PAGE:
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Free tuition in all SUCs is doable, only 0.5% of National Budget for ‘Free Higher Education’ – Gatchalian

Photo by Mark Cayabyab

As more students graduate from college this month, Nationalist People’s Coalition (NPC) senatorial candidate Win Gatchalian vowed to champion free higher education for all students once he wins a seat in the Senate despite fierce opposition from the Commission on Higher Education (CHED).

“I filed the ‘Free Higher Education Act’ in the 16th congress in order to abolish all tuition fees in SUCs (state universities and colleges) and provide broader access to tertiary education to millions of underprivileged Filipino youth,” Gatchalian told members of the College Editors Guild of the Philippines (CEGP) and the National Union of Students of the Philippines (NUSP) on Sunday.

“But to my surprise and disappointment it was met by fierce resistance from the government. The Commission on Higher Education categorically declared that it is vehemently opposed to Free Higher Education. In an official statement released last November, CHED declared that Free Higher Education will prove detrimental to the interests of both public and private higher educational institutions,” added Gatchalian.

The CEGP is the oldest and longest-running alliance of tertiary student publications and student journalists nationwide founded in July 25, 1931. It has over 750 student publications as members from more than 500 schools in 68 (out of 81) provinces and cities nationwide.

The NUSP is a nation-wide alliance of student councils/governments/unions committed to the advancement of the students’ democratic rights and welfare.It has 650 member student councils all over the country supported by provincial and municipal formations.

A majority member of the House committee on higher and technical education, Gatchalian told some 300 CEGP and NUSP leaders that the measure, which would only cost P15 billion or 0.5 percent of the current P3-trillion national budget, would have prevented the death of University of the Philippines (UP) Manila student Kristel Tejada, who reportedly took her life after her application for a loan to continue her studies was denied.

“Such measure will allow students, especially the vulnerable ones, to stay in school in the event of severe economic shocks. Put simply, free higher education, the abolition of all tuition fees would have prevented the tragic, lamentable, and untimely demise of Ms. Kristel Tejada,” explained Gatchalian.

The Valenzuela City lawmaker pointed out that around 2.4 million youths are not in college because of the high costs associated with education, based on data from the Philippine Statistics Authority. Meanwhile, over three million youths are not in college because they are either working or looking for work.

“They (CHED) argued that only eight out of every 100 students are considered as poor.They claim that free higher education will benefit mostly the middle class, upper-middle class, and upper class families. This is absurd. One of the reasons why there are only a few poor college students is because millions of other youths cannot get into college,” said Gatchalian.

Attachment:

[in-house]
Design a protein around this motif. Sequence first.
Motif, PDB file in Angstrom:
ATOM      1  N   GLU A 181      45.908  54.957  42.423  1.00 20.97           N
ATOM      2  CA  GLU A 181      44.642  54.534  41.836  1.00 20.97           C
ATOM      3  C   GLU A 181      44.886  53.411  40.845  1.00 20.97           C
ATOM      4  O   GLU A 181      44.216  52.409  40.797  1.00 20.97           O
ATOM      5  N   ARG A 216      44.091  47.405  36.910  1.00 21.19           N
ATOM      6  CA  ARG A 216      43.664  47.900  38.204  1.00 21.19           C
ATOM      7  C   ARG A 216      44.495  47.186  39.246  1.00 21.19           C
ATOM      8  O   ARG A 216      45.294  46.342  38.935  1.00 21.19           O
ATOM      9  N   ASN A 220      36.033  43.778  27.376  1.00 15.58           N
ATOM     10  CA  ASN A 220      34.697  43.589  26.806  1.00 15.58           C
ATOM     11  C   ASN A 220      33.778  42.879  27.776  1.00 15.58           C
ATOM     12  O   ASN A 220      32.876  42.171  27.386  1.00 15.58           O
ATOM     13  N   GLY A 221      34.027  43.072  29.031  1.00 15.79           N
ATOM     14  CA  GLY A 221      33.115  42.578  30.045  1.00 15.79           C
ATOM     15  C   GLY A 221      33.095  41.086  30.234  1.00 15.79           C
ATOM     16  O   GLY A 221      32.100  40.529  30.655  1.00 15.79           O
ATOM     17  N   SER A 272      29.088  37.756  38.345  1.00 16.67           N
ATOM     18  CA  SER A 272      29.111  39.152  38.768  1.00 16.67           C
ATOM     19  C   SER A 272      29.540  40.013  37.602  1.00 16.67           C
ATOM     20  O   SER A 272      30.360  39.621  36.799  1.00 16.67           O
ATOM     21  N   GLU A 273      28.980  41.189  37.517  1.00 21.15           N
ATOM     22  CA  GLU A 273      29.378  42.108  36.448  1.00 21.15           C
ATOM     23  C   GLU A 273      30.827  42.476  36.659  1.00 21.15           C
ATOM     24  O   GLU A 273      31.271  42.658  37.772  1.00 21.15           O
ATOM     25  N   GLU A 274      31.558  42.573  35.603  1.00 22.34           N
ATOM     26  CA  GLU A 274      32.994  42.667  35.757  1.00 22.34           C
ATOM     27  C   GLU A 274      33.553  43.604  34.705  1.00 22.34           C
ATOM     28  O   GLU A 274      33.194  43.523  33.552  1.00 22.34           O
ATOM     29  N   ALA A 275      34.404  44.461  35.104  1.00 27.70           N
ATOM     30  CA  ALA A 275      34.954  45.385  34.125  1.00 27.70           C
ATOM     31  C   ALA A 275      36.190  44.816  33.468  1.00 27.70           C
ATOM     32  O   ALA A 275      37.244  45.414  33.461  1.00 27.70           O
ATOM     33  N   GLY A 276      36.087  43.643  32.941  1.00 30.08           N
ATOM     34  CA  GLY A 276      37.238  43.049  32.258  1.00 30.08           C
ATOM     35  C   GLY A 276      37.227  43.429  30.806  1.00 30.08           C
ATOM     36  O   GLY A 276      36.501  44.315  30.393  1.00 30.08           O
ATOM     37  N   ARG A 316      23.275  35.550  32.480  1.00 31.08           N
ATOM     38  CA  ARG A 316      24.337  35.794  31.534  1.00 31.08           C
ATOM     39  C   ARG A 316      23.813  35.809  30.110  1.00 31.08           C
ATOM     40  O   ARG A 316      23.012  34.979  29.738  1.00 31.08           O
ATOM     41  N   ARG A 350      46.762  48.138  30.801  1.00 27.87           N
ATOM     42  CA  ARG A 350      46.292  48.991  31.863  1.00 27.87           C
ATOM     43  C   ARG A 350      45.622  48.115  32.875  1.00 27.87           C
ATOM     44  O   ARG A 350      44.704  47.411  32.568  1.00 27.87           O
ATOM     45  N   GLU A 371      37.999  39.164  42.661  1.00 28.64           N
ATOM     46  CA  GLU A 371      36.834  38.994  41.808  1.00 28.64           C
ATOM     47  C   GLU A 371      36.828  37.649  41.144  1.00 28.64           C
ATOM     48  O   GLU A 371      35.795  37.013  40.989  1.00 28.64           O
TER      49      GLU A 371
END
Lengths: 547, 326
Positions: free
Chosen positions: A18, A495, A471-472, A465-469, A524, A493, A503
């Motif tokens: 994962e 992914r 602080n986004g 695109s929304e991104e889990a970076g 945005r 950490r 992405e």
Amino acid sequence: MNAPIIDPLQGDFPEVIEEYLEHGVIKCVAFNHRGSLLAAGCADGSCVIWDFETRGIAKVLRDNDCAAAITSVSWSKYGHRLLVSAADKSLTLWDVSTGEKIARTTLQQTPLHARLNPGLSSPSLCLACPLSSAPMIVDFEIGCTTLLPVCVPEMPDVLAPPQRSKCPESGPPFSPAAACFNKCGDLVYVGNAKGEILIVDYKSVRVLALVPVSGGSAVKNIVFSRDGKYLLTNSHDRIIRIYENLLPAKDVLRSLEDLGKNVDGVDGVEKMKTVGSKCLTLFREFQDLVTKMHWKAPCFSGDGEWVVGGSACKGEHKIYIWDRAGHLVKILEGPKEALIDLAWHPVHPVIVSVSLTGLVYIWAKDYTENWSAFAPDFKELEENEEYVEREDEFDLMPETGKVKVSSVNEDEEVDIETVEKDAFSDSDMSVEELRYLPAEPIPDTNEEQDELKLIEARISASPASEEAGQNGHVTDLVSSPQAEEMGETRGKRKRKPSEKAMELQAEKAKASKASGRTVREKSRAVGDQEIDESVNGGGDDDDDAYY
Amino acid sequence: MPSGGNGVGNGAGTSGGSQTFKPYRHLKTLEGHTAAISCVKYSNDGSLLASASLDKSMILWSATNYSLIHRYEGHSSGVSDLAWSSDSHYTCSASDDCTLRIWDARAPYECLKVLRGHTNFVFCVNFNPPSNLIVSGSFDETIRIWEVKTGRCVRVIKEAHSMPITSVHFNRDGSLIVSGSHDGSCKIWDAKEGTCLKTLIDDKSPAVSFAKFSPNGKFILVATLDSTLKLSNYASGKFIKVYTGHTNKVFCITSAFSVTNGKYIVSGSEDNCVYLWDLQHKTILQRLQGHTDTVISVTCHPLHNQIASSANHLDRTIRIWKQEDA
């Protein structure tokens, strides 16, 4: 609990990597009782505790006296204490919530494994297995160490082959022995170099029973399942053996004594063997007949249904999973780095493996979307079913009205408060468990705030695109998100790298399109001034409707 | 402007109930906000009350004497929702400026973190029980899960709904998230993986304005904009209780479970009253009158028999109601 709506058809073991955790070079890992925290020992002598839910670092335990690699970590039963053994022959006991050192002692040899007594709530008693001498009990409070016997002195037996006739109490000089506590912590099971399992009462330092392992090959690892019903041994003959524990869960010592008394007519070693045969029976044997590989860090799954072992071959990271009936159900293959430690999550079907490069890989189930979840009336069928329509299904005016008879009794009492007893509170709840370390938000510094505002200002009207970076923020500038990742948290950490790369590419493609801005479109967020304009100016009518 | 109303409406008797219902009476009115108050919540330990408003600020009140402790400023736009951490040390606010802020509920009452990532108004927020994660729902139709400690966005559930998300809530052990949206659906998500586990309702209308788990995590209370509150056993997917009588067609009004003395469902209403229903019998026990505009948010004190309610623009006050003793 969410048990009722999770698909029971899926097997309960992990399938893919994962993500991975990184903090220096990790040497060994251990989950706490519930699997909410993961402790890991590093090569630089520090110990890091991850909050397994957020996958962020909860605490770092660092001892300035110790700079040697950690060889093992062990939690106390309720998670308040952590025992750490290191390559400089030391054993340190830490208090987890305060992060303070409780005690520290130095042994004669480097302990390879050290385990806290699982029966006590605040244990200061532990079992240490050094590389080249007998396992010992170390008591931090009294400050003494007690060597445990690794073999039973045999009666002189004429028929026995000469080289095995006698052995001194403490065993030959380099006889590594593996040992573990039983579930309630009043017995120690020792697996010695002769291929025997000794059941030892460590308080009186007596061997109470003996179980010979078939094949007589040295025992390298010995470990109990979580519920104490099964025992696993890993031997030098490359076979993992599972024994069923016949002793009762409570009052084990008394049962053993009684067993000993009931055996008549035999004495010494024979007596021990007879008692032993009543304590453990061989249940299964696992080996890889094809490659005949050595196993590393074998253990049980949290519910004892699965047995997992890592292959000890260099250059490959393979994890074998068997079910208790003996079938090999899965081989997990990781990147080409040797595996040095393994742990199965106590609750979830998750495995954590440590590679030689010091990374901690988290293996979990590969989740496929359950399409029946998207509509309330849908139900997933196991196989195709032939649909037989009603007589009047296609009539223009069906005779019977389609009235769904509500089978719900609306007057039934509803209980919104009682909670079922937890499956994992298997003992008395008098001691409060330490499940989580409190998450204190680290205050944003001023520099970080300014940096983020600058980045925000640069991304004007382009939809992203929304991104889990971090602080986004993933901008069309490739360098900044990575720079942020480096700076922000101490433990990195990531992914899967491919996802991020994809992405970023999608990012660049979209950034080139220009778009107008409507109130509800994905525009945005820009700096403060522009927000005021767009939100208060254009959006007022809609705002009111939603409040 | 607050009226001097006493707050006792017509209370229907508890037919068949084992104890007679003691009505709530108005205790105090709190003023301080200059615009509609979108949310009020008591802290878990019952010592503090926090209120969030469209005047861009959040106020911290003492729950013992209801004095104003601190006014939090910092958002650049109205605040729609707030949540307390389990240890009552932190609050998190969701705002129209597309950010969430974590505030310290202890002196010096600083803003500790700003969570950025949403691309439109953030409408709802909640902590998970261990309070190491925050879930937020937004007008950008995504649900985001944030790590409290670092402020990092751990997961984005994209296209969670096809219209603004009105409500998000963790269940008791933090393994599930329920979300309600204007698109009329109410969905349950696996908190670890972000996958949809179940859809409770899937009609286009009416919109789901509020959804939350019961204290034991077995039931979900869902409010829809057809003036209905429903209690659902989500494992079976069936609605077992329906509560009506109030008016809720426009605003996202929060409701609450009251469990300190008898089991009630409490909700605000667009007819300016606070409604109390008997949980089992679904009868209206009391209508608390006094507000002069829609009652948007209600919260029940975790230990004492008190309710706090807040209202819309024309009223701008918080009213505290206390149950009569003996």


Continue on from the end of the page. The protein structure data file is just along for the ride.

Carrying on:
Gatchalian has previously argued that compared to free higher education, a socialized tuition system– like the one being implemented in UP– is not effective in making education more affordable to students.

The former three-term mayor of Valenzuela City also condemned CHED’s bias for private higher education institutions (HEIs), saying the institution should instead be concerned in keeping its mandate of making quality education accessible to all.

“CHED argues that the Free Higher Education act will result in a mass exodus from private HEIs to SUCs. CHED believes that Free Higher Education will imperil private HEIs. First and foremost, why is CHED seemingly more concerned with the financial position of private HEIs than broadening access to quality higher education?,” asked Gatchalian.

Gatchalian maintained that CHED is mandated to ensure access to quality higher education – especially those who are unable to pay for higher education. Second, we are proposing the abolition of tuition fees – not the abolition of entrance exams.

“CHED argues that we cannot afford to abolish tuition fees AND upgrade the facilities of SUCs. This is unacceptable. Free higher education and the modernization of SUCs should NOT be mutually exclusive. CHED should be fighting for the funding needed for BOTH the abolition of tuition fees and the modernization of SUC facilities – not asking us to choose one or the other, not arguing that one cannot be implemented without sacrificing the other,” Gatchalian said.

Among the measures Gatchalian unveiled on Sunday as part of his education agenda are the upgrade of the education infrastructure system; enhancement of teachers’ proficiency in math and science; increase in time alloted for the said subjects; increase in the absorptive capacity of science high schools, and; establishment of research institutions in Luzon, Visayas, and Mindanao. (Monica Cantilero)